Hundreds of troops have been killed, including a top regional commander, marking the highest-ranking combat death since the coup.

The government responded fiercely with airstrikes but failed to recover lost territory, revealing the limits of its conventional forces against determined guerilla factions.

After years of bloody stalemate, the military is suddenly losing on multiple fronts simultaneously. Its conventional forces are struggling against nimble guerilla opponents fighting with rising confidence and coordination.

Two years battling swelling resistance, and the armed forces are demoralised and losing ground against alliances of ethnic armies and pro-democracy People’s Defense Forces.

Over the next three months, the insurgents routed the Myanmar army, capturing thousands of soldiers and seizing control of huge swathes of territory along the Chinese border.

Videos emerged showing defeated troops looking relieved to surrender. Six generals who surrendered were later sentenced to death in an attempt to deter further capitulation.

In early 2023, similar scenes played out in western Rakhine State as the Arakan Army overran numerous army bases near the Bangladesh border.

Outgunned troops retreated in disarray, with many again choosing to flee or give up. The military was reduced to relying on airstrikes and supply helicopters to defend besieged outposts.

These defeats are unprecedented in the military’s 75-year campaign against ethnic minorities.

Morale and recruitment have plummeted as the once all-powerful institution finds itself losing on multiple fronts simultaneously.

The dire situation on the battlefield is now causing even former stalwart backers of the coup to question Min Aung Hlaing’s competence.

At a recent rally, nationalist monk Pauk Ko Taw openly called for the Myanmar military ruler to step aside in favor of his deputy Soe Win, saying the army is not coping under Min Aung Hlaing’s leadership.

Other bloggers who initially supported the coup have also posted criticism of Min Aung Hlaing online, blaming him for historic military humiliations.

While Soe Win appears unhappy with the army’s performance, he has not indicated any intent whatsoever to overthrow his superior.

Moreover, the Myanmar armed forces are struggling with a low spirit and recruitment woes amid the ongoing defeats. If major towns like Lashio or Loikaw fall to the resistance, it could irreparably damage any hope left and lead to the regime’s ultimate collapse.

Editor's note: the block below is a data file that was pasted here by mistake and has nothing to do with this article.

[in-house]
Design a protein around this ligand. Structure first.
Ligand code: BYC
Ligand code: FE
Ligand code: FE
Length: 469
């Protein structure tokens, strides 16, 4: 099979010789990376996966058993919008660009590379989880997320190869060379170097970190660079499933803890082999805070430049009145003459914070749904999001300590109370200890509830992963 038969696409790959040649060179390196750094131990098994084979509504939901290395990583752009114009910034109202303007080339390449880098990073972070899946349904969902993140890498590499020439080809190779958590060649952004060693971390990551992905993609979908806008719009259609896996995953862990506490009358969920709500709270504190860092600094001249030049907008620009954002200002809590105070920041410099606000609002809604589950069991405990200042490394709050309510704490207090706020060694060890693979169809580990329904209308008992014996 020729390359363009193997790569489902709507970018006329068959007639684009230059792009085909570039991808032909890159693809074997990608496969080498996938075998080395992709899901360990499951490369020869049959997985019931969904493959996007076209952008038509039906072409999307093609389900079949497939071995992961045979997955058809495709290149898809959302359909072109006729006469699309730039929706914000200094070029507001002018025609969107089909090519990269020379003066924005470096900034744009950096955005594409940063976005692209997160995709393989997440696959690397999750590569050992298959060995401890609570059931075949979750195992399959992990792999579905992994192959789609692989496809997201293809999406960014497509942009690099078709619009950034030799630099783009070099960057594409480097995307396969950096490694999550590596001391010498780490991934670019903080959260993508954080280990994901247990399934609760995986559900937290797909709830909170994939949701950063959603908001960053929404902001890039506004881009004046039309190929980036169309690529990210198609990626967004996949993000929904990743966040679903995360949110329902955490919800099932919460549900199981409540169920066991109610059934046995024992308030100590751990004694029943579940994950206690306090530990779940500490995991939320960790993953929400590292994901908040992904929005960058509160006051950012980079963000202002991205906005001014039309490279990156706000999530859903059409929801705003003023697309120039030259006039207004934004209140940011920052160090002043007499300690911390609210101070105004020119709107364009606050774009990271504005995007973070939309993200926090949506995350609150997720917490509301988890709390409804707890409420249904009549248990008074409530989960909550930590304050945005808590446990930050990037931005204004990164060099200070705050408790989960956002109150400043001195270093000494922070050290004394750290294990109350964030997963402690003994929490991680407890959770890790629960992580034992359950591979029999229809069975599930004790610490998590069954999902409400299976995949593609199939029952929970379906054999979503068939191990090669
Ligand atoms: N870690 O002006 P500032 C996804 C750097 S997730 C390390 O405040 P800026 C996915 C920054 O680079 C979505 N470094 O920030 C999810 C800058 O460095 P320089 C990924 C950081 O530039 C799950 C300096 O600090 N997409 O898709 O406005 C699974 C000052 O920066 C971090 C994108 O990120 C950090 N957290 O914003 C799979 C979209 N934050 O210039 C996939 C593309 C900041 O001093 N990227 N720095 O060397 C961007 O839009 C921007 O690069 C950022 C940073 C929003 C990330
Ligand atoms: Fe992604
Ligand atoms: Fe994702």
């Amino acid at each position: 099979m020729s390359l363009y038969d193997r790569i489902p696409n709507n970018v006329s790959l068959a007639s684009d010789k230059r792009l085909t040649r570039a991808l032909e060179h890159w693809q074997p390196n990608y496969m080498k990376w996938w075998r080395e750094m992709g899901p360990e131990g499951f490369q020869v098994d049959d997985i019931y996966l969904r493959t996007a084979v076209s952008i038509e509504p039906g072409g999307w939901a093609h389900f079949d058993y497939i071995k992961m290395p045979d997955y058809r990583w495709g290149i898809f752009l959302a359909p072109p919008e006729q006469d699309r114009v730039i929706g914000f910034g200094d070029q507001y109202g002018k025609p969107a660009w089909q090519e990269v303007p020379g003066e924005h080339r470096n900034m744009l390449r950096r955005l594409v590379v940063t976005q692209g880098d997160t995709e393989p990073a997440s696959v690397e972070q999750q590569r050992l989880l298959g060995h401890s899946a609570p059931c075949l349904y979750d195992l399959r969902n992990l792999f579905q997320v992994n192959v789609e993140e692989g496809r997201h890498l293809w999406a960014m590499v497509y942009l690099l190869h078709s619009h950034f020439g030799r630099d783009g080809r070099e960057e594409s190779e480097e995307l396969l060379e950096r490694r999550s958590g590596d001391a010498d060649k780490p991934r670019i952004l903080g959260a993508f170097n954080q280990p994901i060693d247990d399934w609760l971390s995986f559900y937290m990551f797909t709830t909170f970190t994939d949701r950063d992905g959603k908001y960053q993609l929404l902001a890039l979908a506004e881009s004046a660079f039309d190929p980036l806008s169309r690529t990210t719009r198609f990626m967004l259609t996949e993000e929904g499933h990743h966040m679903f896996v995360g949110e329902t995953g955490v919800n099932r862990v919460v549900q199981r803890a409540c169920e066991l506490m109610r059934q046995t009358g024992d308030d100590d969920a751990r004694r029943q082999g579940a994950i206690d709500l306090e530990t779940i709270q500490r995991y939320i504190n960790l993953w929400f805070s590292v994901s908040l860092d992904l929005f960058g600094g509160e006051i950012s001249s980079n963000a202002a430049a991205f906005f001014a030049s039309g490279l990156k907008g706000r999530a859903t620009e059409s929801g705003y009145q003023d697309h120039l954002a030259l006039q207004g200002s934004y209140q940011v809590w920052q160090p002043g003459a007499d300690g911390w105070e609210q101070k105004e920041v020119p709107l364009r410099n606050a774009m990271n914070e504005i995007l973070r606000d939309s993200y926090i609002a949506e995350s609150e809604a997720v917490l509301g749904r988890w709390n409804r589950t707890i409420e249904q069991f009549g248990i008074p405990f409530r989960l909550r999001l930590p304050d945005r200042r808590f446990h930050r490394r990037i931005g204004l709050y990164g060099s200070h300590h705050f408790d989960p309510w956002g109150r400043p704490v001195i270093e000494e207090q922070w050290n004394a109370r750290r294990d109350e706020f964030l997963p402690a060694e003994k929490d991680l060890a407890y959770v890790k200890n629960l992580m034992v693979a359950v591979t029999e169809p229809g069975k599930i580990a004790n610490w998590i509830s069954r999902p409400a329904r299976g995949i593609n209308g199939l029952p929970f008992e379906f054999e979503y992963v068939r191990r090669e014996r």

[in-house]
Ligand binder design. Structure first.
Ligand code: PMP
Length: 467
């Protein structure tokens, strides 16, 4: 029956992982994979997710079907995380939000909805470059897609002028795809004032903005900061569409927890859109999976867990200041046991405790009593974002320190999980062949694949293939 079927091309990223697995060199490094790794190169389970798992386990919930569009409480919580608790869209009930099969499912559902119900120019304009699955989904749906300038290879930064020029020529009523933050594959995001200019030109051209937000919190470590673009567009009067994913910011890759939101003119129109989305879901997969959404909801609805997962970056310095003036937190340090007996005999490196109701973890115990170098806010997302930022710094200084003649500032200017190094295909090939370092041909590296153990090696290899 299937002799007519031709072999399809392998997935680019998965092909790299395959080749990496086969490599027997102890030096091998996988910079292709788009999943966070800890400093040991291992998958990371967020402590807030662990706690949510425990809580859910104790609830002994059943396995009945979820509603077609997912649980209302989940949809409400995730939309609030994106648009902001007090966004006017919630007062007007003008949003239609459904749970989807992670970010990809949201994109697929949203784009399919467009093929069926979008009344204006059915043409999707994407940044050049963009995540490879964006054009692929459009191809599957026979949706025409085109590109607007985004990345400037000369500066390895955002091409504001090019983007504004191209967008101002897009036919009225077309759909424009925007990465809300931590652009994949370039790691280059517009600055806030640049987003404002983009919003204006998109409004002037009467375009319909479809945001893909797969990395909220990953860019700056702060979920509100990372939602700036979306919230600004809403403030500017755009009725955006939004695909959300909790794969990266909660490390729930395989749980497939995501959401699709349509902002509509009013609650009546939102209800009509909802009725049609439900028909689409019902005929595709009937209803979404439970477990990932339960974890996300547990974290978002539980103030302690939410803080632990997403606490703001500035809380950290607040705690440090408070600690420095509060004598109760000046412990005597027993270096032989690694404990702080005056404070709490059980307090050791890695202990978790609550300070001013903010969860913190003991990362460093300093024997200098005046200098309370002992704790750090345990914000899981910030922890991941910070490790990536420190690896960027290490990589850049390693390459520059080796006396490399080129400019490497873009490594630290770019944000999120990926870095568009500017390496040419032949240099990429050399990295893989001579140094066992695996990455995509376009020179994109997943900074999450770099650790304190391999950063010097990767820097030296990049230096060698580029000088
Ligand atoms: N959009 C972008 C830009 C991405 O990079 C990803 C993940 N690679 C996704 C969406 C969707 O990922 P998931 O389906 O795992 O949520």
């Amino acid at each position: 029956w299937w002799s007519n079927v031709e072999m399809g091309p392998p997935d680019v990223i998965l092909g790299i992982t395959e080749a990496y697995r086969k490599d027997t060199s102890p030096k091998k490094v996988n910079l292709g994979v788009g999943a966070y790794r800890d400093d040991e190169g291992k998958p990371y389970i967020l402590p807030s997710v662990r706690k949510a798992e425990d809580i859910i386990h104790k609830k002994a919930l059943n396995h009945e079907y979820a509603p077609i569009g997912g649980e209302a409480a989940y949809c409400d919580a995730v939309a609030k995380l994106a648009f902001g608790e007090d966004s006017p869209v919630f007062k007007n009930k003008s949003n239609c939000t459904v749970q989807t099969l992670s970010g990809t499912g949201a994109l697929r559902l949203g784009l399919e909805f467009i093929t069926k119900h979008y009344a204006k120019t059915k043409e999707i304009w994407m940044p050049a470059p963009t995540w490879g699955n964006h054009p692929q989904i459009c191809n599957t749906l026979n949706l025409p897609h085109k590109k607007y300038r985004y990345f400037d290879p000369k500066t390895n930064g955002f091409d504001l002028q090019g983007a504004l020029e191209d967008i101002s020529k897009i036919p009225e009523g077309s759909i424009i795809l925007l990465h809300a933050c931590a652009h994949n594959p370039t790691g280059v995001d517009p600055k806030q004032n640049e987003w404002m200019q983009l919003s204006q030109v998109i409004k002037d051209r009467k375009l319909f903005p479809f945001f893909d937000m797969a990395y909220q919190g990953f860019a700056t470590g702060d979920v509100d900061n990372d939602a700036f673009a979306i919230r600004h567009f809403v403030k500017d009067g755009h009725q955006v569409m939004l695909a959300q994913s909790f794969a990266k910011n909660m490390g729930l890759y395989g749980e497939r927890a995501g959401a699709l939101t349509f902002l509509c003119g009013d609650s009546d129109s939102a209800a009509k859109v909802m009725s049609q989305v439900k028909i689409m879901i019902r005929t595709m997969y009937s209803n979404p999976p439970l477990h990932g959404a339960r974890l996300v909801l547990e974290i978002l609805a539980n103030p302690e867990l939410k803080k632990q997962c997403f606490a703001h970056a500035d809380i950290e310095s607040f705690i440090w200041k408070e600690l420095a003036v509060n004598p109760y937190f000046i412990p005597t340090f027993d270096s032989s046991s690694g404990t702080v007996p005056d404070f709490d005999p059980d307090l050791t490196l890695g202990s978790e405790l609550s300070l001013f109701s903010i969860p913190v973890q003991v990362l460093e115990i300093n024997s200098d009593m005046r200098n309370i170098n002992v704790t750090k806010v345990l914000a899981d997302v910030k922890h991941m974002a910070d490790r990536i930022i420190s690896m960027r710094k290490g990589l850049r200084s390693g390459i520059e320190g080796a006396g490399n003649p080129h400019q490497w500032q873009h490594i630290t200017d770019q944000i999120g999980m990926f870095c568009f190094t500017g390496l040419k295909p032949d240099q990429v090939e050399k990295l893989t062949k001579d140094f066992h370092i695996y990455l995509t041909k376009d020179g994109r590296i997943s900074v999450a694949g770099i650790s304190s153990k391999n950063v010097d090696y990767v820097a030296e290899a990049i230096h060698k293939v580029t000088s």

The General is Not Deterred

But Min Aung Hlaing continues behaving as a monarch rather than a military leader, indicating his isolation from realities on the ground.

While the emergence of dissenting voices from former loyalists is worrying for Min Aung Hlaing, a coup by Soe Win still appears unlikely for now.

The military ruler has proven adept at sidelining potential rivals within the armed forces before they become real threats.

Over two years after the coup, Min Aung Hlaing presides over a nation plagued by conflict and economic woes. The economy is paralyzed, the currency has crashed, foreign investment has dried up, and the healthcare and education systems are in disarray.

The military also stands accused of war crimes and atrocities during its crackdown on opposition. Yet the generals cling to power, relying on fear and violence to try subduing the widespread resistance.

But the recent battlefield losses have shaken both military morale and faith in the coup leadership. While deposing Min Aung Hlaing currently seems improbable, further defeats could change that equation.

The ethnic armed groups are closer than ever to choking off the army’s supply lines and support.

Myanmar approaches a near future that likely holds continued unrest and political instability.
Min Aung Hlaing’s position is precarious as he loses allies and struggles to counter increasingly bold resistance forces.

While dissent is still muted within military ranks, battlefield reversals could spark an internal reckoning and ultimately the unravelling of his regime.

For now, Myanmar’s long-suffering population continues bearing devastating conflict and hardship unleashed by the coup, hoping the recent military setbacks might hasten the end of junta rule. With Min Aung Hlaing’s support fracturing, that outcome may slowly be coming into view. But the road ahead promises to remain bloody and uncertain.